Josh’s House demonstrates that energy efficient and water sensitive homes can be built at a comparable cost and timeframe to regular houses by regular trades. The house achieved 10 Star NatHERS rating and is net energy exporters. It collects and recycles most of its own water and landscaping includes food production, wildlife habitat and play spaces. The interiors incorporate ‘Healthy Homes’ (indoor air quality) and ‘Liveable Homes’ (universal access) principles.
For more information on the project’s key initiatives check out the details below.
Solar Energy Initiatives
In 2018 a major upgrade of the solar system was undertaken, along with the replacement of the original gas boosted solar hot water system with an electric heat pump, and the gas stove with an induction cooktop. A new 6.4kW solar array and 5kW hybrid inverter was installed to cover the additional load of these new appliances as well as an electric vehicle (EV). The battery was also replaced with a new, more efficient model.
Find out more about the new solar energy system and appliance upgrades by downloading the factsheet or watching the video. Information on the original solar equipment configurations can be found in our Video Library.
With 72% of Perth’s drinking water being used in our homes and more than 40% of this being used to water our gardens, how we design and manage our household and landscape water use can make a big impact on water savings.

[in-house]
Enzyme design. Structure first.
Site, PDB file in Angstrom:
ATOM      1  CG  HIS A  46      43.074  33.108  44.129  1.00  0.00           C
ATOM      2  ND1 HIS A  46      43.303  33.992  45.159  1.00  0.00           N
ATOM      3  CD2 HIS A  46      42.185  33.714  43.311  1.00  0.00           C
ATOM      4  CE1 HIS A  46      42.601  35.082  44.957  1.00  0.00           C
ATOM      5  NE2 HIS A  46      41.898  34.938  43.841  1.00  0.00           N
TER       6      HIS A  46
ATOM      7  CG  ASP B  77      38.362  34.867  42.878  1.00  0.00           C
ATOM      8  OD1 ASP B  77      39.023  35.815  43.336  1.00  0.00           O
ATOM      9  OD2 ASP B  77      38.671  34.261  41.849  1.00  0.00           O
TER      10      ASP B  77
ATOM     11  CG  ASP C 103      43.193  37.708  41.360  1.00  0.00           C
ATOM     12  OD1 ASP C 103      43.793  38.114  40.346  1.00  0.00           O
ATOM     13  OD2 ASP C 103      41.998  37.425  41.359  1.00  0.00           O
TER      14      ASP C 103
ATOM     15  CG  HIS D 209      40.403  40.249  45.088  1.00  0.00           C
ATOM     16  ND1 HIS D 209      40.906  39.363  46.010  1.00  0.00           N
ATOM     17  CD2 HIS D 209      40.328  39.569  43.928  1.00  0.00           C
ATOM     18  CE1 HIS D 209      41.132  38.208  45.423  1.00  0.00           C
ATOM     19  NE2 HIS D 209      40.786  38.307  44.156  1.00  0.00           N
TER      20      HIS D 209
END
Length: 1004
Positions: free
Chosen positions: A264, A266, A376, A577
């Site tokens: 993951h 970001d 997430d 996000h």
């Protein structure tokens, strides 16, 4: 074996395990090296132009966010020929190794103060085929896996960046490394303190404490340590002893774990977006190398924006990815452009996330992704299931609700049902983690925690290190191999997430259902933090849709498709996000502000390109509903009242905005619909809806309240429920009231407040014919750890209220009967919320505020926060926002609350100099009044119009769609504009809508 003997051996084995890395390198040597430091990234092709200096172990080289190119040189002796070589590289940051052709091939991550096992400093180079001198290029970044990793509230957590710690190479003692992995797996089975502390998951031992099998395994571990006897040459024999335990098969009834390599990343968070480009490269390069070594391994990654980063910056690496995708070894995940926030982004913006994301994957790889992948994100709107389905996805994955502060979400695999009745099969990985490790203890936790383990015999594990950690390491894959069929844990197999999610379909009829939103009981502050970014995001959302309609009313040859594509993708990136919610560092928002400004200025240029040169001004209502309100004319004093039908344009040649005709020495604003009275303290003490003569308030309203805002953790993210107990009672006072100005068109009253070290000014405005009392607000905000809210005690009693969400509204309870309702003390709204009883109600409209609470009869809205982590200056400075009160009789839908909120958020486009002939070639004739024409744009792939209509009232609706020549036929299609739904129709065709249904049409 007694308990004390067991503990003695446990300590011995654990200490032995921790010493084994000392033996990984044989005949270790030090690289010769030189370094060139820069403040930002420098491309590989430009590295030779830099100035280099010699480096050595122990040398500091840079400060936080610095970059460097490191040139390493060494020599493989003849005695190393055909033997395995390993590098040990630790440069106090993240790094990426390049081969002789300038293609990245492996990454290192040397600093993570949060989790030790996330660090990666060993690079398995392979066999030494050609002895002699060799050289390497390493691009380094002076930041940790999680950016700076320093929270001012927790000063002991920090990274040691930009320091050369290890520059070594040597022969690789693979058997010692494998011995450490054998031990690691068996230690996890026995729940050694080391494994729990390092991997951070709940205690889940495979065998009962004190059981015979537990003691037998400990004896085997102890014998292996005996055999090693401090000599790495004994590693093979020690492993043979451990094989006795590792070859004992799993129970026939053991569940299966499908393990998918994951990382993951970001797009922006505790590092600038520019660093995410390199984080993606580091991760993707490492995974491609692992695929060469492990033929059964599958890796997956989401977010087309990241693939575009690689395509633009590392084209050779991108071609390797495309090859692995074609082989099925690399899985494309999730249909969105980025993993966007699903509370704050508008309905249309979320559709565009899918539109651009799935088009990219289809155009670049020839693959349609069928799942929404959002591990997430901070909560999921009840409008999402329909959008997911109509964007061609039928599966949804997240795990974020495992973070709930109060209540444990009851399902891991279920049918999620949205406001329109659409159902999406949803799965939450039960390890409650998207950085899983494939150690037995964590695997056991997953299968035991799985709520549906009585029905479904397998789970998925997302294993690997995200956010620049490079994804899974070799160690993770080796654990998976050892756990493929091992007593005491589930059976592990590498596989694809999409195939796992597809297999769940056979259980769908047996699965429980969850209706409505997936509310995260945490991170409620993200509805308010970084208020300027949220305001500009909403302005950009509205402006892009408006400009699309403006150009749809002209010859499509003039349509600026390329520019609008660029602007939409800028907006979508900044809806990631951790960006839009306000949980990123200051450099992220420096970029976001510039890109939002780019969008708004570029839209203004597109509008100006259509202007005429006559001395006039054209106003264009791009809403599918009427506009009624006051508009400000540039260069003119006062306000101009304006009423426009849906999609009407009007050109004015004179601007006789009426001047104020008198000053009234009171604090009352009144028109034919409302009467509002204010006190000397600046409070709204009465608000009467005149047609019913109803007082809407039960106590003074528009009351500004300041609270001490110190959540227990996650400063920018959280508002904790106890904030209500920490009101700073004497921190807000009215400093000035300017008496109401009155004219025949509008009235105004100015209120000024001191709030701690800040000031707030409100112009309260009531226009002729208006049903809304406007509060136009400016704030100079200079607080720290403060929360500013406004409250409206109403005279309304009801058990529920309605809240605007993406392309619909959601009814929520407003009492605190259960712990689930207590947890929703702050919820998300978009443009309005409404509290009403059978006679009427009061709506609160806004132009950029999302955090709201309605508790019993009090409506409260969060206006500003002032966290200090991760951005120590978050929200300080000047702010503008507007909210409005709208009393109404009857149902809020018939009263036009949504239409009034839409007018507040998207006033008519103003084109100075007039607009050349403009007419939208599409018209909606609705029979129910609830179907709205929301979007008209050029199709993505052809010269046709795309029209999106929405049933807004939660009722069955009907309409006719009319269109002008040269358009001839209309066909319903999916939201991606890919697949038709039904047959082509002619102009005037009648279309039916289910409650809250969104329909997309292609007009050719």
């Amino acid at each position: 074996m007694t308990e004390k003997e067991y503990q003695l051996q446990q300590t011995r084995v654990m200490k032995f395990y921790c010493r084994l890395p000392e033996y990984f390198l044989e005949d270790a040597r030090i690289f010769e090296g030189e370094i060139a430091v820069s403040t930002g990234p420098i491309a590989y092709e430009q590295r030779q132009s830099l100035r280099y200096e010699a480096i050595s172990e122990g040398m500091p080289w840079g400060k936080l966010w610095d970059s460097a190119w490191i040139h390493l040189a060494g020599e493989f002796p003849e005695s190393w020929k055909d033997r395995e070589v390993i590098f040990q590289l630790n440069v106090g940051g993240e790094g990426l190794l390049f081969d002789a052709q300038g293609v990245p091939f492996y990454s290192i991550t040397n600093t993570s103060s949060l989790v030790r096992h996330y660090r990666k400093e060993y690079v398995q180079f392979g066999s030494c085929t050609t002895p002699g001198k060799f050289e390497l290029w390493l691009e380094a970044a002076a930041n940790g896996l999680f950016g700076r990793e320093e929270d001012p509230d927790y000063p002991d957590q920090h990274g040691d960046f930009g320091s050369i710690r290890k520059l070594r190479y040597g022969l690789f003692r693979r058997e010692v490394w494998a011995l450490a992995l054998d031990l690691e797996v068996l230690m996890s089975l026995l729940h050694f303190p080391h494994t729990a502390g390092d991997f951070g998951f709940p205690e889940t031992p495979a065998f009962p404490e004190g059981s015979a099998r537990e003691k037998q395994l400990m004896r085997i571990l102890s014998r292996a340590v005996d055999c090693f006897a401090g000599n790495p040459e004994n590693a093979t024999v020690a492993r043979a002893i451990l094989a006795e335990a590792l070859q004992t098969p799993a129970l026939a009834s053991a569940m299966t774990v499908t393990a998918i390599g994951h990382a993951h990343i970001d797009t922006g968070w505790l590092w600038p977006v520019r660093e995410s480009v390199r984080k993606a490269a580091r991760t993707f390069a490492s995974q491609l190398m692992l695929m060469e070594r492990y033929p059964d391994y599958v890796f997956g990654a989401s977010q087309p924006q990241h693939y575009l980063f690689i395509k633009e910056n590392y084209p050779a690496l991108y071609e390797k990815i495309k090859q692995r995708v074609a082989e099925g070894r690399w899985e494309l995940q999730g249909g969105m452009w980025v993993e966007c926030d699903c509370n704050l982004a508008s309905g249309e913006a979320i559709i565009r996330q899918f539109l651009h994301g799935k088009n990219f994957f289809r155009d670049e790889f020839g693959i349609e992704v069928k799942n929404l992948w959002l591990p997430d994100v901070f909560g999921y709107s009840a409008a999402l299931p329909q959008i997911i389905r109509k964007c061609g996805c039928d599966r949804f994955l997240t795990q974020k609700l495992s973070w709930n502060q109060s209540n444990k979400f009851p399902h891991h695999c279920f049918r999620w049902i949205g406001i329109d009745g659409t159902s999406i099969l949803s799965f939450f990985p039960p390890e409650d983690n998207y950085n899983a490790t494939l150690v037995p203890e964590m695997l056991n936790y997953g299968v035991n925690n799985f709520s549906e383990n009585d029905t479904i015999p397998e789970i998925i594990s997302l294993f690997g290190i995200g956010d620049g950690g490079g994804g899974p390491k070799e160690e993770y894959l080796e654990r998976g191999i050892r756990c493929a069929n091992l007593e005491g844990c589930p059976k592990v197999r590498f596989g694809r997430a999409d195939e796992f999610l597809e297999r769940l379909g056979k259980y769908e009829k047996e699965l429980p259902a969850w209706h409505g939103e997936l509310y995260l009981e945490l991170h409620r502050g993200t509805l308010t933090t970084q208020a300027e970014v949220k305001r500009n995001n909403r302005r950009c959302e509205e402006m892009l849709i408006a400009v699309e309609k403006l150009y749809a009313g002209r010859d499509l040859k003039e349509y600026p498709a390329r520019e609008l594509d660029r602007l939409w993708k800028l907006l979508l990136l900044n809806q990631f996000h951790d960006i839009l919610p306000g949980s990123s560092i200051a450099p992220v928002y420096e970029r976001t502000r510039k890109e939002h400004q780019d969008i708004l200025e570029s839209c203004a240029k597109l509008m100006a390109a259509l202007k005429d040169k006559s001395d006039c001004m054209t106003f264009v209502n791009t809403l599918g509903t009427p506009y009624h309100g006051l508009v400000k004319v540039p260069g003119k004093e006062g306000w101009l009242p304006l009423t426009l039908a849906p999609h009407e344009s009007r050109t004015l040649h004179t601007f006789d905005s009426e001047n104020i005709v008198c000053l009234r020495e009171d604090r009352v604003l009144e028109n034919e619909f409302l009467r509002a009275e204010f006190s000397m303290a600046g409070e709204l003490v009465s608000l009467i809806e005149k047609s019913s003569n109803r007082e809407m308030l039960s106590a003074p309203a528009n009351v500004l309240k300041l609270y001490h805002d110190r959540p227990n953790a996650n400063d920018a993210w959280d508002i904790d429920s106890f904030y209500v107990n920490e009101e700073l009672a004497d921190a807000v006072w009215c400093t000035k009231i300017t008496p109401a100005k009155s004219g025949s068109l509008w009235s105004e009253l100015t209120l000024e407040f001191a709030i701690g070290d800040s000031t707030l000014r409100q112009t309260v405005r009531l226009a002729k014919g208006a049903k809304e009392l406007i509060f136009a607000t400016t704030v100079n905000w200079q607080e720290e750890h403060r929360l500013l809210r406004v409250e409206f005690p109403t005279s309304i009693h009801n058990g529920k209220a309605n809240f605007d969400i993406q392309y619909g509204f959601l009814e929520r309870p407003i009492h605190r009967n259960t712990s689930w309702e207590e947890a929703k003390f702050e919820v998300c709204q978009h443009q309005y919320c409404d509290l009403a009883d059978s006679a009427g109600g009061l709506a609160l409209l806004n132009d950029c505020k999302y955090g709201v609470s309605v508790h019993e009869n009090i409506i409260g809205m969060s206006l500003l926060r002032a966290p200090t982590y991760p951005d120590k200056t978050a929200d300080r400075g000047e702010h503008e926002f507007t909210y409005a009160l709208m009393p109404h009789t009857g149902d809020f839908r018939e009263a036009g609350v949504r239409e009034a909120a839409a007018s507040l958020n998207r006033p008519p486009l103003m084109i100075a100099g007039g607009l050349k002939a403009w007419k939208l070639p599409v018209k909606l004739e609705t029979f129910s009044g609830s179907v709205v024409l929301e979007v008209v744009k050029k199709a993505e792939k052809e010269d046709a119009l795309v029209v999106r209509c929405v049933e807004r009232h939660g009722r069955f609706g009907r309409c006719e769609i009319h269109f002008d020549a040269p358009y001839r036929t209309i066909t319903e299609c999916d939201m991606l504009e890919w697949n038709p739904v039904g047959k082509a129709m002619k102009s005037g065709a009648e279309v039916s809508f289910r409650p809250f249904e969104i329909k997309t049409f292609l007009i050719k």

Josh’s House cleverly combines the use of alternative water sources, such as rainwater and greywater, with leading edge efficiency techniques and technology to reduce demand on precious drinking water. All up the homes use less than a third of the typical Perth household mains water consumption, while maintaining a beautiful, productive and shady garden.
The design intent behind the landscaping at Josh’s House addresses and number of important sustainability goals, including energy efficiency, habitat provision, water conservation, nutrient recycling and food production.
Detailed monitoring is being undertaken at Josh’s House to assess the performance of the various design features and technologies. The monitoring system is comprised of around 70 individual channels of data logging. This data collection forms part of a broader research program on ‘high performance housing’ being undertaken by Curtin University’s Sustainability Institute (CUSP), through the Cooperative Centre (CRC) for Low Carbon Living.
For more details on the performance monitoring at Josh’s House and to see the results, visit the Research page.